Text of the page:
Other than that, I offer little else because I would hate to change the writer’s voice, inhibit their thought process, or interrupt the rhythm of their words. The best you can do is simply encourage them to keep moving forward. They will strengthen their words in the second or third rewrite.

A lot of writers make the mistake of emulating their heroes. The inherent danger, of course, is that there was only one Steinbeck, one Hemingway, one Mark Twain, one Hunter S. Thompson. I’ve seen writers who try to adopt the style of another. No good ever comes of it.

So, if there is one solid piece of advice I can offer, it would be, to borrow a line from Shakespeare, “To thine own self be true.”

“Know yourself, know your purpose, know your limitations”

Know yourself, know your purpose, know your limitations as well as your abilities, and tell your story as you see it, and not in the manner of somebody else or to please somebody else because, as Benjamin Franklin once said, “Write to please yourself. When you write to please others, you end up pleasing no one.”

It’s your story.

Tell it your way.

I am occasionally guilty of emulating my favourite writers - do you have to watch yourself and your writing the same way? Share your thoughts in the comments below - and with your friends, using the handy buttons!

Giulia Simolo Writers Multiple Lives post graphic

The Writer’s Multiple Lives

As authors, we often feel like we're multiple people living multiple lives. This week's guest poster, Giulia Simolo, explores this concept. How do you experience the Writer's multiple lives?

The Writer’s Multiple Lives

By Giulia Simolo

Giulia Simolo Writers Multiple Lives post graphicIt was midnight. I could not sleep and my mind was wandering like a ship in the night, unsure of its destination but unwilling to throw its anchor overboard. That was when the voice came to me. It felt like that of an old friend, and yet it belonged to someone completely new and utterly fascinating.

Was I going crazy?

“how do you explain the connection you experience with these characters”

To the world, you might feel that this would be labelled insane. Hearing voices? Seeing images of someone in your mind? You, of course, know that this is a character for your new story that demands being written on the page immediately. But to the world, the idea that someone out there is speaking to you could make people question your stability! Added to this, how do you explain the connection you experience with these characters, and how you feel loss when the story ends and they stop pestering you at midnight? How would you explain to a non-writer that you feel that the characters choose you instead of you picking them from your imagination?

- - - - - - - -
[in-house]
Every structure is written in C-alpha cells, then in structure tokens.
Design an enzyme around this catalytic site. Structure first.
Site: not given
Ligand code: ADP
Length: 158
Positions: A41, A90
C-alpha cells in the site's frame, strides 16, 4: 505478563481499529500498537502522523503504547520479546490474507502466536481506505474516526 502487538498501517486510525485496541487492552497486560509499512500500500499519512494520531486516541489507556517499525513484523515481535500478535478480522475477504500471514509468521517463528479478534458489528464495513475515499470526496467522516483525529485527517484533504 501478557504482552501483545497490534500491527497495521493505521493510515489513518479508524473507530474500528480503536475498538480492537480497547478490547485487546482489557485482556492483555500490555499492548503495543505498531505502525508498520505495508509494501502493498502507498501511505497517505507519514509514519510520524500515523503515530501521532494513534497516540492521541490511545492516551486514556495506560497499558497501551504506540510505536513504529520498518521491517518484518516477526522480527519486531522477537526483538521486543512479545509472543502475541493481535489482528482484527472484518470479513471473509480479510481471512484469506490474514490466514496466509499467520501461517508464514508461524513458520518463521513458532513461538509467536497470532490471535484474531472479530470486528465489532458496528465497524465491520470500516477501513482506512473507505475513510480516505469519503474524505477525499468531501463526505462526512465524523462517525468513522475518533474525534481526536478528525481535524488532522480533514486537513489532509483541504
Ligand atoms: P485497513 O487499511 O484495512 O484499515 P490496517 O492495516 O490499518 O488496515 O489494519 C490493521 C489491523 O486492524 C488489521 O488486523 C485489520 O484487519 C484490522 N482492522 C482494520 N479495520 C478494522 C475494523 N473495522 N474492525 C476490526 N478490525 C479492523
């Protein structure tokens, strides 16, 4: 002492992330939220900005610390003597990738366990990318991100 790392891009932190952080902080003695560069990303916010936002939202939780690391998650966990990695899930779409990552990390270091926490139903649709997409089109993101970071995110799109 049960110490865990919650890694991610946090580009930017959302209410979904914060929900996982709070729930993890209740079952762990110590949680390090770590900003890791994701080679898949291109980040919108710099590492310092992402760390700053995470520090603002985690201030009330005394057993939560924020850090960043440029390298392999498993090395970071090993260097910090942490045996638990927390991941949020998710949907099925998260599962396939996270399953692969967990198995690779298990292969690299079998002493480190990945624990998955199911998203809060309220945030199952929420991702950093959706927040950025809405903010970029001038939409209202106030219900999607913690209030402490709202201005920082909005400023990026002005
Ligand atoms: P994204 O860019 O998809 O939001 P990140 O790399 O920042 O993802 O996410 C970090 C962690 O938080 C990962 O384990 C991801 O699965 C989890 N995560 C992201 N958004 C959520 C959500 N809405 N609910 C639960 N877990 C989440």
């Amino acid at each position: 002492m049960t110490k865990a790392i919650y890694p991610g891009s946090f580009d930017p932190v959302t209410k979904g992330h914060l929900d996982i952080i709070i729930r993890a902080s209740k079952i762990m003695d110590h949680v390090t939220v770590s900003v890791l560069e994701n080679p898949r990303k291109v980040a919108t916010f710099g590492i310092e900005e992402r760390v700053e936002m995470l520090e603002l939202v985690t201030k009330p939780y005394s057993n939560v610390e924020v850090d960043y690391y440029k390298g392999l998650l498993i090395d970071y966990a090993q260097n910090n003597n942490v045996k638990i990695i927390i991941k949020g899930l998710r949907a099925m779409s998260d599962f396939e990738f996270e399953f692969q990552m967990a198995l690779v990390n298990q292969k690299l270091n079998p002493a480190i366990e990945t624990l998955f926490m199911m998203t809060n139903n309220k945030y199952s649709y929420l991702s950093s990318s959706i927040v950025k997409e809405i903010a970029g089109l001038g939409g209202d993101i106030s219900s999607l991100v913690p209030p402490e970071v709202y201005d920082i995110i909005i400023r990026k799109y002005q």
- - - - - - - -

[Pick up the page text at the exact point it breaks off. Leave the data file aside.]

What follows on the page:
And yet, these are the kinds of things that happen to a writer. Once you meet your character and he or she settles in for tea, you start building on that initial impression to ensure they are not a whimsical creature made of slivers of lace but actual three-dimensional beings. When tackling characterization, there are often tips and various forms of advice handed out to writers, such as that it’s important to have a full sketch of who your character is (and this should be very detailed) before you embark on the writing journey. Tips such as the above are helpful, however there is one aspect that no one can control and which must not always be reined in during this process: the writer’s mind.

“The writer takes on a role similar to that of an actor”

Award winning Irish writer Emma Donoghue once said, ‘[Writing stories] lets me, at least for a while, live more than one life…’ Through our writing we can experience various things, many of which are in contrast to our daily lives. For instance, we might put ourselves in the shoes of a protagonist who travels the world or is obsessively dieting, or a drug addict… The writer takes on a role similar to that of an actor: he or she has to play the part, explore it, invest in their imagination, and try to make it as real as possible. This experience in the mind will be different for every writer. Although one’s characters are essentially made up, the writer is spending hours, days, weeks, months and sometimes even years with them, constantly perfecting them and their stories. Through these characters, the writer not only explores their lives but their own life if they were the character - all inside their own head. It is a vicarious way to live out a different reality, which can be exciting and liberating.